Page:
|Picture forthcoming||Julia Paulson is a first year doctoral student in clinical psychology. Her research interests include the various pathways through which trauma impacts health and well-being over time and the numerous factors that may influence resilience or vulnerability to adverse outcomes. She is interested in the development of more effective prevention and treatment methods to enhance resilience among trauma populations.|
|Becki Fulmer, M.A., recently returned from Belfast, Northern Ireland where she spent over 6 years as the Director of the Northern Ireland Forgiveness Education Program working in collaboration with Corrymeela Community, Dr. Robert Enright of the University of Wisconsin-Madison, and the International Forgiveness Institute. She has also worked with children and families in Lebanon and Serbia. Becki has a Masters in Counseling degree and worked for many years as a child, adolescent; and family therapist.|
|Sheryl Cherian. Sheryl is a senior majoring in Neuroscience & Behavior with a Poverty Studies minor. Sheryl is particularly interested in mental health and resilience promotion in the context of human development initiatives in under-resourced areas, and she would like to pursue public policy, public health, and potentially psychiatric medicine or psychiatric social work.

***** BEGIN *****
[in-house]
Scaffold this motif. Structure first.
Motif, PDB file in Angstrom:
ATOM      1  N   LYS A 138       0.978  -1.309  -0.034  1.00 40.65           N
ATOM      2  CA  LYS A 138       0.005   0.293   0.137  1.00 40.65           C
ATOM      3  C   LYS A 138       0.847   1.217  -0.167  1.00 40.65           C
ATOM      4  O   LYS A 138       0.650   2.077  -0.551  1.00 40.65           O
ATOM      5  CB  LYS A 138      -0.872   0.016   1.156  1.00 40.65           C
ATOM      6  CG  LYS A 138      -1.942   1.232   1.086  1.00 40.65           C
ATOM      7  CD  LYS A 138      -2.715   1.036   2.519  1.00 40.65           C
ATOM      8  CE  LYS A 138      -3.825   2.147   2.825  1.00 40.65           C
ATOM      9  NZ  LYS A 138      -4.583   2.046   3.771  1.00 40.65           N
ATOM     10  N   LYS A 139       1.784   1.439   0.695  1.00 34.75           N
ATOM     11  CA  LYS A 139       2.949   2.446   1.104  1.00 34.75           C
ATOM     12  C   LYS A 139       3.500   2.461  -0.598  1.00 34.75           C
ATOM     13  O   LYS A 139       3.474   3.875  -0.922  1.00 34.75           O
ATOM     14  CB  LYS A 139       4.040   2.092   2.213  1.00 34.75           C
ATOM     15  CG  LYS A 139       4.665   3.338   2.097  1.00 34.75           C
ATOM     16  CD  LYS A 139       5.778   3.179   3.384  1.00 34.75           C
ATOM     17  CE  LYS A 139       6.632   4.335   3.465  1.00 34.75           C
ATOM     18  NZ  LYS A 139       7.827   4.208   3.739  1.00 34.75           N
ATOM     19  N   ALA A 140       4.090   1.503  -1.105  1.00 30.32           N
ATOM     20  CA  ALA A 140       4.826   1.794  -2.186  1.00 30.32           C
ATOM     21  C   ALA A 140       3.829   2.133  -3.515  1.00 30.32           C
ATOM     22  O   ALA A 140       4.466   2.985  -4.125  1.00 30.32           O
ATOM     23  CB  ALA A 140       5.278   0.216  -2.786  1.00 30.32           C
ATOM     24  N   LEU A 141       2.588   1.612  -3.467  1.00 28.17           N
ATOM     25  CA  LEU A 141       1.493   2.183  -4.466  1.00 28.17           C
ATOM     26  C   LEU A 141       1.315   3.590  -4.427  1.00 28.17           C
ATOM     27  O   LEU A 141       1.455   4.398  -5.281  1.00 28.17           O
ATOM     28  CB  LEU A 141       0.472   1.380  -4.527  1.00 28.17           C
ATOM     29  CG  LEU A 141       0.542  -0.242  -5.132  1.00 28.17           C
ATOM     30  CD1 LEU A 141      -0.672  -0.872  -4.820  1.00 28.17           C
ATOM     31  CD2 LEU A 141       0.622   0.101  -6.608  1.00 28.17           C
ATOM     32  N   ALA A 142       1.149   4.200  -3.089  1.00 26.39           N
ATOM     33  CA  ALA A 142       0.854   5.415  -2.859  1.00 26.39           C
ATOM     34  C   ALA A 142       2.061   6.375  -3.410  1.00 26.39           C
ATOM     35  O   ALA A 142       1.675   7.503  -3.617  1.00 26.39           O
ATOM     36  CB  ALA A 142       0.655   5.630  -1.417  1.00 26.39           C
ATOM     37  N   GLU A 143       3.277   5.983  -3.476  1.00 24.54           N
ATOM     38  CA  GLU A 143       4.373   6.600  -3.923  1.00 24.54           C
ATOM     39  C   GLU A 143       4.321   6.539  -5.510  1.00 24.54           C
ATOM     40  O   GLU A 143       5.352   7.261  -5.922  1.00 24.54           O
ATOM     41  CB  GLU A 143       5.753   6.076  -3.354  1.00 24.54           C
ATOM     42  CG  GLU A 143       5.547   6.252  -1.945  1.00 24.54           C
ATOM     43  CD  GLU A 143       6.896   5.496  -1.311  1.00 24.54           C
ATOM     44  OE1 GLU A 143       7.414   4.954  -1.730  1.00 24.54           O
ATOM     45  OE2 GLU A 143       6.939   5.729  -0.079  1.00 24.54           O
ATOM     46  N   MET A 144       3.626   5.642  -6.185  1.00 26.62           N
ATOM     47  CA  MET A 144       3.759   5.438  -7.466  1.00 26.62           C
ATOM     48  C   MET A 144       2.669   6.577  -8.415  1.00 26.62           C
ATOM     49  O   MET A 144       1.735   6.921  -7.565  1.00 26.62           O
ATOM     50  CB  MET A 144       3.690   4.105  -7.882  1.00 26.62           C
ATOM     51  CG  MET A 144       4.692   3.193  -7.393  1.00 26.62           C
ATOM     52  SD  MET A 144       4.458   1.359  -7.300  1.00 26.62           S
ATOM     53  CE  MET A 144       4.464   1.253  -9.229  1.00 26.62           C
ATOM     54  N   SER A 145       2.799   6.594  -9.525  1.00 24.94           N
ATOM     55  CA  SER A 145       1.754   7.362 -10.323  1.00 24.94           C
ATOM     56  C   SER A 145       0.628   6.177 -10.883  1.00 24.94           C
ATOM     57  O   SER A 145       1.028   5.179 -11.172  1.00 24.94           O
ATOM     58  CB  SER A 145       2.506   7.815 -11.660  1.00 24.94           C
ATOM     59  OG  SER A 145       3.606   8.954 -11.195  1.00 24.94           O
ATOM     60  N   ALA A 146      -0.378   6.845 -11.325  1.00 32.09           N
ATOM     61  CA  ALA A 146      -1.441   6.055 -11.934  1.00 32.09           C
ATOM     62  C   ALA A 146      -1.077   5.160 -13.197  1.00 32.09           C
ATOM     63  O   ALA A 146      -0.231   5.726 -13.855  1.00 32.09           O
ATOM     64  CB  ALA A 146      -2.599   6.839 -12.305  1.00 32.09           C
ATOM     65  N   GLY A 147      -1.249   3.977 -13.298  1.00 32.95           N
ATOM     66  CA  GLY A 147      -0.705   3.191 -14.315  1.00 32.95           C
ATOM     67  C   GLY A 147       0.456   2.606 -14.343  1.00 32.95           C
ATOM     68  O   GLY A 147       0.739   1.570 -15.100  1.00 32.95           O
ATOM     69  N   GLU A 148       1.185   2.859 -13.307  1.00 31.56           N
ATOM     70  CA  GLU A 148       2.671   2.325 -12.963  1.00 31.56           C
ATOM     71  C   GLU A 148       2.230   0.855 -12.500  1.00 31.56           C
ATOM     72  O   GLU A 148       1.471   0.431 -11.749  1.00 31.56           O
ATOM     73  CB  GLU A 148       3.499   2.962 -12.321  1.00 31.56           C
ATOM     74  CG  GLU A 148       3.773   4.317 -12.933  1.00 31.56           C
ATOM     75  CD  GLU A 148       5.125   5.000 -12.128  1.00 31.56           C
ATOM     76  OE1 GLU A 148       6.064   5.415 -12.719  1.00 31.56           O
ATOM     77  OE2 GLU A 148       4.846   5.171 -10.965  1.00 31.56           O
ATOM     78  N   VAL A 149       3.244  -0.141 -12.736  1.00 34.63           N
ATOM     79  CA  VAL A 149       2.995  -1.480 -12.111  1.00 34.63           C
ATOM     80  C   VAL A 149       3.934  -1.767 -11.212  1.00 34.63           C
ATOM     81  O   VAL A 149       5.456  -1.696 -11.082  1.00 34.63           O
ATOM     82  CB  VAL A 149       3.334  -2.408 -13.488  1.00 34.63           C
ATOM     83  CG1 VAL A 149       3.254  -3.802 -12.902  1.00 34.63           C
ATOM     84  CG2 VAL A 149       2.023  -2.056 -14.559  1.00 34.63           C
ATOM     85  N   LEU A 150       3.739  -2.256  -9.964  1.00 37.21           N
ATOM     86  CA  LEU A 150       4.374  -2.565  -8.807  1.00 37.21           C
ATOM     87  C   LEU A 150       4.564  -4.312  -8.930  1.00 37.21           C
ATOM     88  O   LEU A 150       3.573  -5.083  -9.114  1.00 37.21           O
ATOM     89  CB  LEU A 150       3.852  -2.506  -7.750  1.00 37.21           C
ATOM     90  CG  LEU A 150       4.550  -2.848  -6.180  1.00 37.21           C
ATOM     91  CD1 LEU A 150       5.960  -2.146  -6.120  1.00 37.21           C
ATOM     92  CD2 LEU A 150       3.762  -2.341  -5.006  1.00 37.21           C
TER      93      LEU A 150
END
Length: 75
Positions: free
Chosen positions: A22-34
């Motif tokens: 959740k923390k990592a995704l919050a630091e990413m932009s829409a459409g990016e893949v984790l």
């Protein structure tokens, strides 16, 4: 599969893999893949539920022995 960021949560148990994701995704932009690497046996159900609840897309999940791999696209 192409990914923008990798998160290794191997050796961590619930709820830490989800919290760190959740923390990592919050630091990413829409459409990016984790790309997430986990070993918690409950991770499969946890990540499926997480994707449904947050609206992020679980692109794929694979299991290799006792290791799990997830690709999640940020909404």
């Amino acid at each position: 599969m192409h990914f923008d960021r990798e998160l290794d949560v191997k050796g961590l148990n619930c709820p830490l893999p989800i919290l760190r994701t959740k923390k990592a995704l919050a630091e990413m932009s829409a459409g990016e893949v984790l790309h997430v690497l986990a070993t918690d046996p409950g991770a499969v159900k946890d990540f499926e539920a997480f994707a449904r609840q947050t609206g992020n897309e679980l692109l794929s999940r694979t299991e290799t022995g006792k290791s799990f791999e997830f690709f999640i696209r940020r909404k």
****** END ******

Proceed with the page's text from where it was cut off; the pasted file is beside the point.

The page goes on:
Kianna Eurick is a senior double majoring in Science Preprofessional and Spanish. She is especially interested in the effects of violence exposure on children and low income families as well as how the exposure affects an individual’s health. She is the vice president of Notre Dame Medical Observers club and she translates documents for the Foundation for International Medical Relief of Children.
Kathryn Keough is a senior psychology major with a minor in business economics. She is interested in the effects of violence exposure, especially on children. This past summer, Kathryn was an intern at the Child Mind Institute where she worked closely with the clinicians and children in treatment in the Anxiety and Mood Disorders Center and the ADHD and Behavior Disorders Center. In particular, Kathryn spent much of her time at Child Mind working with the Selective Mutism Service and PCIT team.